This Unruly Mess I've Made

Album Review of This Unruly Mess I've Made by Macklemore & Ryan Lewis.

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This Unruly Mess I've Made

Macklemore & Ryan Lewis

This Unruly Mess I've Made by Macklemore & Ryan Lewis

Release Date: Feb 26, 2016
Record label: Macklemore
Genre(s): Rap, Alternative Rap, Pop-Rap

58 Music Critic Score
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This Unruly Mess I've Made - Average, Based on 15 Critics

AllMusic - 80
Based on rating 8/10
80

Call it the "difficult" third album from Seattle's Macklemore, or the second LP from Macklemore & Ryan Lewis, but however the discography is counted, This Unruly Mess I've Made is the release that follows the Grammy-winning, massively successful The Heist, the one that introduced this pop-rap rapper/producer duo to most of the world, meteoric rise and all. That platinum albatross started hanging off the duo early on, and Macklemore's declaration that Kendrick Lamar should have won the Grammy instead certainly foreshadowed how LP two, or three, was going to be "difficult," but Unruly is surprisingly good at dealing with guilt and expectations, exorcizing its demons in a way hardcore fans can enjoy, and casual listeners can avoid. Put the needle to the record and "Light Tunnels" featuring Mike Slap takes the listener on an elaborate, unrelatable journey through music award shows and the hypocrisy of fame.

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HipHopDX - 76
Based on rating 3.8/5
76

Macklemore is no imposter. Yeah there’s the iron board rigid flow, strengthened by an unmasked suburban accent; the incessancy to dress like it’s Halloween in the lowliest day of May; or the intelligence to utilize pop hooks on every turn but make no mistake. Nationwide fame hasn’t made the ambidextrous rhymer any less of a proponent of the culture.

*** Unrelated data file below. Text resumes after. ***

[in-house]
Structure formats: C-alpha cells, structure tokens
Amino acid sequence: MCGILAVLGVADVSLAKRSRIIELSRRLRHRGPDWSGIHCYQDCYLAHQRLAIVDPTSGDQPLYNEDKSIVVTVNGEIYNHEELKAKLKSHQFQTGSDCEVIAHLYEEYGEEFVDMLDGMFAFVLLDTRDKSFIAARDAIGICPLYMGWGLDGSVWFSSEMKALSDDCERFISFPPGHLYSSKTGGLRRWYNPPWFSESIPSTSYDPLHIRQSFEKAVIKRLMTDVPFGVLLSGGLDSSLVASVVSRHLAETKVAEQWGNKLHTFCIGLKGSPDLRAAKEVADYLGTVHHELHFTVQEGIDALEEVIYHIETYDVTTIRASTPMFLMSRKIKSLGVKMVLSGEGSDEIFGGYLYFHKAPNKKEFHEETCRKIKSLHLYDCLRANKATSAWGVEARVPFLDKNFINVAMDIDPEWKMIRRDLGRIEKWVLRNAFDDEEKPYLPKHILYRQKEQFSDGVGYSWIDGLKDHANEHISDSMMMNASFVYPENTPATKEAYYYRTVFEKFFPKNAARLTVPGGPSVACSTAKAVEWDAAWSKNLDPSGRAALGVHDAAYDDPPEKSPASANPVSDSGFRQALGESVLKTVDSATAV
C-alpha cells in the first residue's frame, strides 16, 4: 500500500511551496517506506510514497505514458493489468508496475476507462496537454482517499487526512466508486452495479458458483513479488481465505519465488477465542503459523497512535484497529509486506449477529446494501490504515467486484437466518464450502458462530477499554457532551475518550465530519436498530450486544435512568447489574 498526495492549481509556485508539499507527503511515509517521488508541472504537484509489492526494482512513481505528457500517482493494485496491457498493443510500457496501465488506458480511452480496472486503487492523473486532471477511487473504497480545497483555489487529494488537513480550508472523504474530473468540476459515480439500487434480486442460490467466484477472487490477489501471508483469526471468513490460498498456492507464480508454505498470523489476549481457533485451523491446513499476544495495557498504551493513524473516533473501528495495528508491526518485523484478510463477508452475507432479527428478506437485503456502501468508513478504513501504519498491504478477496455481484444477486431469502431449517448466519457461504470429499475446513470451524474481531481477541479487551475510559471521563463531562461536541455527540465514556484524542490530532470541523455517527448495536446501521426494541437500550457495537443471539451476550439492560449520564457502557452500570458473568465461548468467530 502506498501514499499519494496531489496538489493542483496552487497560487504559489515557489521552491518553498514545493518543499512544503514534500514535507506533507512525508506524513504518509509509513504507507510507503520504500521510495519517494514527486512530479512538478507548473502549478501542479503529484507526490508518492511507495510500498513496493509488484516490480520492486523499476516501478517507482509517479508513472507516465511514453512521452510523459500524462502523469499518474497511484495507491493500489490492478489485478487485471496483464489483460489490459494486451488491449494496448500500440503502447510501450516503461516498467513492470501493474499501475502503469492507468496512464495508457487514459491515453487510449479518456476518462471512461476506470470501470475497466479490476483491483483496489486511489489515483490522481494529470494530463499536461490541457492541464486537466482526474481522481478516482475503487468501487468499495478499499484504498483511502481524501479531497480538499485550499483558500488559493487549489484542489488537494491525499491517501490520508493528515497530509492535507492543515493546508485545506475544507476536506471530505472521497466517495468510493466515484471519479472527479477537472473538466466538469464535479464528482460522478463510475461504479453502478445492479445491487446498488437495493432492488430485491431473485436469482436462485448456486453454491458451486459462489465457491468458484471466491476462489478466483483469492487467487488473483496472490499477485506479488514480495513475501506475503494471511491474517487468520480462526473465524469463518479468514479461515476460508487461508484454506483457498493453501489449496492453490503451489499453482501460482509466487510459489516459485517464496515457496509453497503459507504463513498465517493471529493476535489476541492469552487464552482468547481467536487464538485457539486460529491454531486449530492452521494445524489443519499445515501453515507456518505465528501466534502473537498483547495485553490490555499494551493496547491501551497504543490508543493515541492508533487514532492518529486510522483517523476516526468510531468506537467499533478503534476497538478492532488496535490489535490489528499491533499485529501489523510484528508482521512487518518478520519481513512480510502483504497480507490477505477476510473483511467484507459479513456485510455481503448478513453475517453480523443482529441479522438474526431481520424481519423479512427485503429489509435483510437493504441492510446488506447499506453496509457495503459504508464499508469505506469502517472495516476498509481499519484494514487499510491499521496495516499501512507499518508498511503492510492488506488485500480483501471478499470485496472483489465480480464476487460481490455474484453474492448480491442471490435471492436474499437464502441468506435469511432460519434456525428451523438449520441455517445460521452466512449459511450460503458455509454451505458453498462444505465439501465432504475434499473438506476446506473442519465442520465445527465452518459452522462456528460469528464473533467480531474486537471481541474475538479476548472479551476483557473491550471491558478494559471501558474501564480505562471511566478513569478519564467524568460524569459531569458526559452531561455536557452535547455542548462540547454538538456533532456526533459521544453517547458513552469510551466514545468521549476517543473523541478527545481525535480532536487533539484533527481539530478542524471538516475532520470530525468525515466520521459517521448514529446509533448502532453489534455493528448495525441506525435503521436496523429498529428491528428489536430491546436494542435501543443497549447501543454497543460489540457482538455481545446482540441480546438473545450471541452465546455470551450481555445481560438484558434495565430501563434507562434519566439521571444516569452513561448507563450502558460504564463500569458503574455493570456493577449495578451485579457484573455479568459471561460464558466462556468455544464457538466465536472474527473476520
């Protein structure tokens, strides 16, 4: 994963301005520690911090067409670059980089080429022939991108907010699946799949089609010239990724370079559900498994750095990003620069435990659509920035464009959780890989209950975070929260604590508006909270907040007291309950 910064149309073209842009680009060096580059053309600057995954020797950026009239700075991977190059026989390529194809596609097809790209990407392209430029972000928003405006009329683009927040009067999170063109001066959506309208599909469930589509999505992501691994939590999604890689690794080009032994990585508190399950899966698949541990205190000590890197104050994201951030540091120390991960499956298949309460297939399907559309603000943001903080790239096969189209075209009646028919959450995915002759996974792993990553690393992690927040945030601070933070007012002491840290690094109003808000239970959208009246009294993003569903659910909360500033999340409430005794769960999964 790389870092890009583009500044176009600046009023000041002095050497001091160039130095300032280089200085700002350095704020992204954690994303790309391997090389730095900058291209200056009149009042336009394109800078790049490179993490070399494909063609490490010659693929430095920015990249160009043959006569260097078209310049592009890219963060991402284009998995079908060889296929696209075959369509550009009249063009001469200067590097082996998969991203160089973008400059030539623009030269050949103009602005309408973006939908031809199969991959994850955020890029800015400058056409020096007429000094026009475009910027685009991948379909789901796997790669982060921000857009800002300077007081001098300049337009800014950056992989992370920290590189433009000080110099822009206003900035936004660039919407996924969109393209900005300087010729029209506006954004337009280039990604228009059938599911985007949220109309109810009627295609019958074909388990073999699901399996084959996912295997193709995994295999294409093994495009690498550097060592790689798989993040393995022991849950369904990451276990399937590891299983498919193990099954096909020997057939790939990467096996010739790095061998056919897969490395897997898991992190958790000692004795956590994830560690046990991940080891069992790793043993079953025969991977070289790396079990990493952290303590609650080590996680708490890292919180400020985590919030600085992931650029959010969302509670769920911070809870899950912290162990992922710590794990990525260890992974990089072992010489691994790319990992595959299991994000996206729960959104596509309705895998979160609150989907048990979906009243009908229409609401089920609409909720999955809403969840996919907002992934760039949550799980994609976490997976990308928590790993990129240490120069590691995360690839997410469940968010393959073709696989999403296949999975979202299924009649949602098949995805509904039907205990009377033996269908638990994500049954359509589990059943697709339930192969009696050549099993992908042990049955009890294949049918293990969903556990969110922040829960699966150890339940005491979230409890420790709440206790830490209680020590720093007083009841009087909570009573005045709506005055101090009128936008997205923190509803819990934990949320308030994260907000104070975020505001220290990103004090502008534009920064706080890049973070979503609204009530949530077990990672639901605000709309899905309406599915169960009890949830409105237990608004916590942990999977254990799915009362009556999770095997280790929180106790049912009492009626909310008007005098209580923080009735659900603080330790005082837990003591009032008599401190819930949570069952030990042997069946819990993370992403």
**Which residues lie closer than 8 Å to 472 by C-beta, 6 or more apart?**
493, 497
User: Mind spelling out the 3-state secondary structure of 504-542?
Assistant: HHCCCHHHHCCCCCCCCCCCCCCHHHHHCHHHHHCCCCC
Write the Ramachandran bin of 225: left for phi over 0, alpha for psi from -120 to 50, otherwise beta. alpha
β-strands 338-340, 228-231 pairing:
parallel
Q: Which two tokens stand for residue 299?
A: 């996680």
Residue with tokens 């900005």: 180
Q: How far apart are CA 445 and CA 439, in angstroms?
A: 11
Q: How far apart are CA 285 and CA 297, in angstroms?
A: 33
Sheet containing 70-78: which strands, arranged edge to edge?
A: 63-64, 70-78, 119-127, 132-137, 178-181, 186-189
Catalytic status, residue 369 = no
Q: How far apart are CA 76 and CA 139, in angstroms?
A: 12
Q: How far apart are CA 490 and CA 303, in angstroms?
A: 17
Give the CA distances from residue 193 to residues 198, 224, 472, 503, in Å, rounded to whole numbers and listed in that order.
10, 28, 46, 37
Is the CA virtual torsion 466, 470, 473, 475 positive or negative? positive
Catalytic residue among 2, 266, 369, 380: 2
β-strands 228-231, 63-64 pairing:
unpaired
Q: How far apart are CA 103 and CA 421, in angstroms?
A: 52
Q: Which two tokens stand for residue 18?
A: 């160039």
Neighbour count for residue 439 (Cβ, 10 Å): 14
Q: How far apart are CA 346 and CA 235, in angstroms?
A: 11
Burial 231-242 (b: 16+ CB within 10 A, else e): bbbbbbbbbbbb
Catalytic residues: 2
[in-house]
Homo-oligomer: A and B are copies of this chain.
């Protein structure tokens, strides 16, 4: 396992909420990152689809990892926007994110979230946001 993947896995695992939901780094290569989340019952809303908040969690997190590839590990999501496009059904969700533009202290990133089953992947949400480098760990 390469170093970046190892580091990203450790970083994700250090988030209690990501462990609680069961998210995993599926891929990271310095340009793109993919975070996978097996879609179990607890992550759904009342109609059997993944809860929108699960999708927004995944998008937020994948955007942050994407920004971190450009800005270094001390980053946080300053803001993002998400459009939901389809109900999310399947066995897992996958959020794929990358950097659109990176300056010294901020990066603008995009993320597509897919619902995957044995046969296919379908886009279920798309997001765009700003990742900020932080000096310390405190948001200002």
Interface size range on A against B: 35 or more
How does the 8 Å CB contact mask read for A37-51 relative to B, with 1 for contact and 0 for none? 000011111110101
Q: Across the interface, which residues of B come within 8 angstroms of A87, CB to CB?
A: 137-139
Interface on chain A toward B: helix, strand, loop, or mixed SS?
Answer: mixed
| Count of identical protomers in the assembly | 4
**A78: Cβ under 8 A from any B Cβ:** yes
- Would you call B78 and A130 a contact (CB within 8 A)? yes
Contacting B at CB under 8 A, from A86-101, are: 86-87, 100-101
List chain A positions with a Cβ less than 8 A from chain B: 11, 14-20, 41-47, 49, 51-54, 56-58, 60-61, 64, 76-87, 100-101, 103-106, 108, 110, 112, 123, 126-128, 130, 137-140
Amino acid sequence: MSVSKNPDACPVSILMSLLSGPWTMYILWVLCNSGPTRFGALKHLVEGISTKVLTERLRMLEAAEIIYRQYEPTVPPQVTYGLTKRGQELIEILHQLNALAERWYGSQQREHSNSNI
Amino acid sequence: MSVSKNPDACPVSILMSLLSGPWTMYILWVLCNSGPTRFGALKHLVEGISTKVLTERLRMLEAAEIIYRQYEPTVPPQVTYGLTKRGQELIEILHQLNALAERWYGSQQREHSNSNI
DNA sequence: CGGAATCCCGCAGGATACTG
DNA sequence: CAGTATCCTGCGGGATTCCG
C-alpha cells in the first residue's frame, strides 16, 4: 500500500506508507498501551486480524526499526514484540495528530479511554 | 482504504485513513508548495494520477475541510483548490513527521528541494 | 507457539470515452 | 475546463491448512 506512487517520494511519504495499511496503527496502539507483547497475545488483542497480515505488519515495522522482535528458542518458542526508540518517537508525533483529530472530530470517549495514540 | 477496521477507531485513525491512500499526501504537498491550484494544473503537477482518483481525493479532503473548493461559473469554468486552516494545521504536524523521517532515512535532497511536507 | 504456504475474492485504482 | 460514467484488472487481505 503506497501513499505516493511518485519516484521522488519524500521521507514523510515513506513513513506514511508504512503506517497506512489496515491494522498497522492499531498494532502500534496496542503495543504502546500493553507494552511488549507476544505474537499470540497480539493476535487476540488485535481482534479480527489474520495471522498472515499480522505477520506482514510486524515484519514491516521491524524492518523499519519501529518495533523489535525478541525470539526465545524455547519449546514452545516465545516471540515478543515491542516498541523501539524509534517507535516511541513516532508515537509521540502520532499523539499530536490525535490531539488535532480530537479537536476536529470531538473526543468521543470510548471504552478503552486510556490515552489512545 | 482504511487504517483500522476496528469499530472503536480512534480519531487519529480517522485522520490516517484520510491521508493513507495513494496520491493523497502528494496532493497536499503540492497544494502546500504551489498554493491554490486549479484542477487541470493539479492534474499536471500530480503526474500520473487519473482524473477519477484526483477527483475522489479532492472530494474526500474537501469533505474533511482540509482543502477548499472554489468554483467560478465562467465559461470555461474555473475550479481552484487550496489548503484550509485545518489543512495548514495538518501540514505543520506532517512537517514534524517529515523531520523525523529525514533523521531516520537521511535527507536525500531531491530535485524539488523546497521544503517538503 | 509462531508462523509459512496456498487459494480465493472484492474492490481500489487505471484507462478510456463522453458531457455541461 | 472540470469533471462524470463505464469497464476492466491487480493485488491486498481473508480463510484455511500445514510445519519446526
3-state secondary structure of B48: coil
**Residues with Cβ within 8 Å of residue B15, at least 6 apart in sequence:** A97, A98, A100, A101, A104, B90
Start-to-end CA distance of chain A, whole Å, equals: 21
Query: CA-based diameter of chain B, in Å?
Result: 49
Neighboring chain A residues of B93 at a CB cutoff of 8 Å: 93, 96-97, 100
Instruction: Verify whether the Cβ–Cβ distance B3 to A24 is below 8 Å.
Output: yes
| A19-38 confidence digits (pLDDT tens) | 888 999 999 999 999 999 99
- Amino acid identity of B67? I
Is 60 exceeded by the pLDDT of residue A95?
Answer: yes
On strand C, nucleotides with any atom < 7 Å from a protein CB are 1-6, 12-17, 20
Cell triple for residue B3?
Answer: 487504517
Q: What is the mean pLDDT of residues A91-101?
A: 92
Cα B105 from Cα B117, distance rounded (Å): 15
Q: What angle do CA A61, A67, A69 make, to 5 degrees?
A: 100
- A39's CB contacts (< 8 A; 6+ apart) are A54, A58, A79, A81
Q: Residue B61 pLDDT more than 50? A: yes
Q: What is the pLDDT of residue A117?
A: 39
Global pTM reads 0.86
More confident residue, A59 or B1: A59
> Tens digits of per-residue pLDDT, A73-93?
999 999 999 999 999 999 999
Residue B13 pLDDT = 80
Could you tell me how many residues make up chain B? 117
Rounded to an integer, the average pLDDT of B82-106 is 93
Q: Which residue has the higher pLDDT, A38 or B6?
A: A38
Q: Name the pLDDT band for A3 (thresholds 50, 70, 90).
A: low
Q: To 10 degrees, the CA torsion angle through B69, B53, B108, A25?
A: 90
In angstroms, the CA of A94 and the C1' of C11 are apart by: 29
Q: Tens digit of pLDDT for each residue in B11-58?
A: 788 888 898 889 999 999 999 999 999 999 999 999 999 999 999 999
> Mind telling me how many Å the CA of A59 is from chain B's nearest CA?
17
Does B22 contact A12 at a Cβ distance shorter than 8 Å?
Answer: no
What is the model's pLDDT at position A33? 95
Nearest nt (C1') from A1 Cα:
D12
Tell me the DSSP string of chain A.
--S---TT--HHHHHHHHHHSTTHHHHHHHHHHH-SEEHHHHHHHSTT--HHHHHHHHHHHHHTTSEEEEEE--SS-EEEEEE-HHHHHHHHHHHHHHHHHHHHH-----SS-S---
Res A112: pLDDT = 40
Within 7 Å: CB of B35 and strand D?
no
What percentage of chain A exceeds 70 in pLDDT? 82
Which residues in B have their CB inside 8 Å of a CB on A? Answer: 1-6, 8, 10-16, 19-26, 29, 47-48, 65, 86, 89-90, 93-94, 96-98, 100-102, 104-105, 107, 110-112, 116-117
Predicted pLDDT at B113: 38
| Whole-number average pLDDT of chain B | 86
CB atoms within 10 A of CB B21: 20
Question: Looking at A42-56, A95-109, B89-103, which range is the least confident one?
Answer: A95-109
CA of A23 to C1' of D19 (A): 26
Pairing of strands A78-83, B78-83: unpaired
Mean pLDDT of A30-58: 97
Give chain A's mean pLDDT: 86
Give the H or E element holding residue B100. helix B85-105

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RapReviews.com - 75
Based on rating 7.5/10
75

Macklemore :: This Unruly Mess I've MadeMacklemore LLCAuthor: Sy ShacklefordThe Seattle-based Macklemore & Ryan Lewis have become a polarizing duo within the hip-hop community as well as across pop music landscape in general. They started in the underground which is where I first heard Macklemore via "Close Your Eyes" on CunninLynguists' 2009 release "Strange Journey, Vol. 2".

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Spin - 70
Based on rating 7/10
70

Two people whom there will never be a consensus on are Kanye West and Macklemore. Their very artistic existence represents the division that imbalances us as human beings in society; they are repelling magnets, the opposite ends of a spectrum, regardless of what you think those ends represent. Macklemore is the least Kanye person in hip-hop, and vice f**king versa.

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New Musical Express (NME) - 60
Based on rating 3/5
60